Brit Picks: “St. Trinian’s School For Bad Girls”

Written by Sarah Townsend August 31, 2011

“We are the best, so screw the rest.  We do as we damn well please.  Until the end, St. Trinian’s!  Defenders of anarchy.”

‘St Trinian’s’ was in theatres in Britain in 2007 and completely missed coming to Canada despite its popularity in the UK.  I discovered it 2 years in a rather geeky way which I won’t discuss any further because of word count.  My friend and I made a girl’s night out of watching it and were laughing so hard that another friend from the apartment below us wanted to know what was happening.

In actuality, this is the sixth movie from a series that began in the 1950s.  Some of the traditional conventions from the original 5 are kept (such as the headmistress being played by a man) but otherwise this movie is treated as more of a reboot to the franchise than a continuation.

Alastair Sim as Headmistress Fritton in the original ‘The Belles of St. Trinian’s’

 

The story begins with Annabelle Fritton (Talulah Riley) being dropped off at St. Trinian’s by her could-care-less art dealer father (Rupert Everett).  Annabelle’s Aunt Camilla Fritton (also Rupert Everett) is the headmistress of St. Trinians’s and allows both teacher and pupil to run wild within the school.  At first left out of the school cliques: The Geeks, the Chavs, the Emos, the First Years or the Posh Totties (gorgeous upper year students who claim to have slept with members of the royal family) Annabelle eventually befriends Head Girl Kelly (Gemma Arterton).

At St. Trinian’s, the students make and sell vodka and repaint stolen cars (among other things) to middleman Flash Harry (Russell Brand) and the teachers take pride in teaching their students important Spanish phrases such as; “Honestly, Officer.  I’ve never seen them.  These aren’t my suitcases” – oh how this makes me wish I’d continued my language studies.  Despite the school chaos and the hostility that the students may have towards differing groups within the school, St. Trinian’s is a school that bands together, fights hard and plays hard.  There is a place for everyone here…if you are careful.

From left to right: Geek, Emo, Head Girl, Annabelle, and the three Posh Totties

 

Alas, this dysfunctional paradise soon becomes threatened by bankruptcy as well as the Education Minister, Geoffrey Thwaites (Colin Firth) who is planning on cleaning up the school system by starting with the worst of the worst; St. Trinian’s. Hilarity ensues as it soon becomes clear that Camilla and Geoffrey have shared quite a past together.  With Geoffrey determined to close St. Trinian’s down and Camilla just as determined to keep it running, the girls plan on paying back the ₤500,000 owed within 4 weeks – St. Trinian’s style.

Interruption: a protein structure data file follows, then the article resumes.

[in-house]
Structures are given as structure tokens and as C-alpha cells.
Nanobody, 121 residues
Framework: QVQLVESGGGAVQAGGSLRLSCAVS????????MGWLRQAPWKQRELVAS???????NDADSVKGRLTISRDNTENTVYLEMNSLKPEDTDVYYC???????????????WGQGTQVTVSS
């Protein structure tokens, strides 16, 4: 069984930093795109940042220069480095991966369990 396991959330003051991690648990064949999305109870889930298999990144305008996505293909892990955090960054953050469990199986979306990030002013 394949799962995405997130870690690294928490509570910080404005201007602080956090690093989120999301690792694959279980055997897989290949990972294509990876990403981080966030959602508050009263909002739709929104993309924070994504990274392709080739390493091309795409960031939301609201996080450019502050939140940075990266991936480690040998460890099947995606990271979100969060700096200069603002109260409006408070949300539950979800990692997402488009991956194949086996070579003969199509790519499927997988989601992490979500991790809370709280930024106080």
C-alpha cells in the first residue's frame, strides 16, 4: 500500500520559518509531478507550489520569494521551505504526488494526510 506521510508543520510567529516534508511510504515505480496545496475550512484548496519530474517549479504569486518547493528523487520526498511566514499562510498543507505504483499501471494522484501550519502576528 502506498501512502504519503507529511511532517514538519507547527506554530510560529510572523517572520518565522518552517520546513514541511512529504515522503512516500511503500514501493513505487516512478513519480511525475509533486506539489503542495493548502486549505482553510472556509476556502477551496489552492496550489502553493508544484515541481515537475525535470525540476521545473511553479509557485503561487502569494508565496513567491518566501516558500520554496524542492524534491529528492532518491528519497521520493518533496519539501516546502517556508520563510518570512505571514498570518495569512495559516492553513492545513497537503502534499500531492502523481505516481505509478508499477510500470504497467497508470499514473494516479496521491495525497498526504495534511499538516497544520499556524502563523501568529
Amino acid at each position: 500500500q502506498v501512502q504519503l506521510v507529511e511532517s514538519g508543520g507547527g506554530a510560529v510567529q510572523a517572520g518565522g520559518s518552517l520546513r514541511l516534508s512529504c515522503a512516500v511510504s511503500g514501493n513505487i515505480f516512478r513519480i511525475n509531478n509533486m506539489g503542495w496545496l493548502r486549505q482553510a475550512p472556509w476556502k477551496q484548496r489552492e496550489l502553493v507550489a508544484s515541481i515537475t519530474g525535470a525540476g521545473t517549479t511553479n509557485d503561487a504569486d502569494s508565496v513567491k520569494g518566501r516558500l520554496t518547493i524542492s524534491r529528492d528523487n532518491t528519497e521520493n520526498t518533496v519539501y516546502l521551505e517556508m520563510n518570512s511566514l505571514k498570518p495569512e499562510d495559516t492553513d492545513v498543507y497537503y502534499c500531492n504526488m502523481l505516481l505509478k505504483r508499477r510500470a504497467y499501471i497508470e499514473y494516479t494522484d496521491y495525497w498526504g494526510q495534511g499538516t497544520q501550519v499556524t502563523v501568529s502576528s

Thus begins their brilliant plan, a heist.  The target? Girl With a Pearl Earring. Let the madness…get madder.

Is this movie unrealistic? Wildly.  Is it silly? Undeniably. However, the laughs are quite clever and the fun that the cast had while filming clearly shows.  The movie is full of British stars and a few up and comers as well including Gemma Arterton, Tamsin Egerton, Talulah Riley, and Juno Temple.  Lena Headey stars as a nerdy teacher and Stephen Fry hilariously plays a slightly drug addled version of himself, hosting a game show.

Class trip! Steal a painting?

 

The most fun to be had is in watching Rupert Everett, Colin Firth interact.  Everett plays Camilla with an interesting combination of – clearly a man wearing women’s clothes, mimicking Camilla Parker Bowles, and hilarious womanly wiles which at least partially work on Firth’s Geoffrey. She/He is the enforcer of dysfunction but also cares deeply for her pupils.  Geoffrey is a character who is quite like many of Firth’s usual characters, doing the right thing, up the straight and narrow, but he is still played well and with fun in several hilariously awkward scenes.

The beauty of ‘St. Trinian’s’ is that it knows exactly what it is and doesn’t try to be anything more.  It isn’t trying to be particularly intellectual or spiritually uplifting, nor does it aim for the Academy Awards.  It is far funnier than I first expected and has stood up to multiple viewings. For just a fun movie, it is very well done.

Miss Fritton woos Geoffrey Thwaites

 

‘St. Trinian’s’ is available on DVD in Canada.

My Rating: 7.5/10

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About Sarah Townsend

Sarah Townsend

Sarah Townsend: Senior Television Editor of We Eat Films and writer of the Brit Picks column. A fourth year English and History student at UWO, future plans include travelling with the Doctor in his TARDIS whenever he finds me. I'm still waiting...

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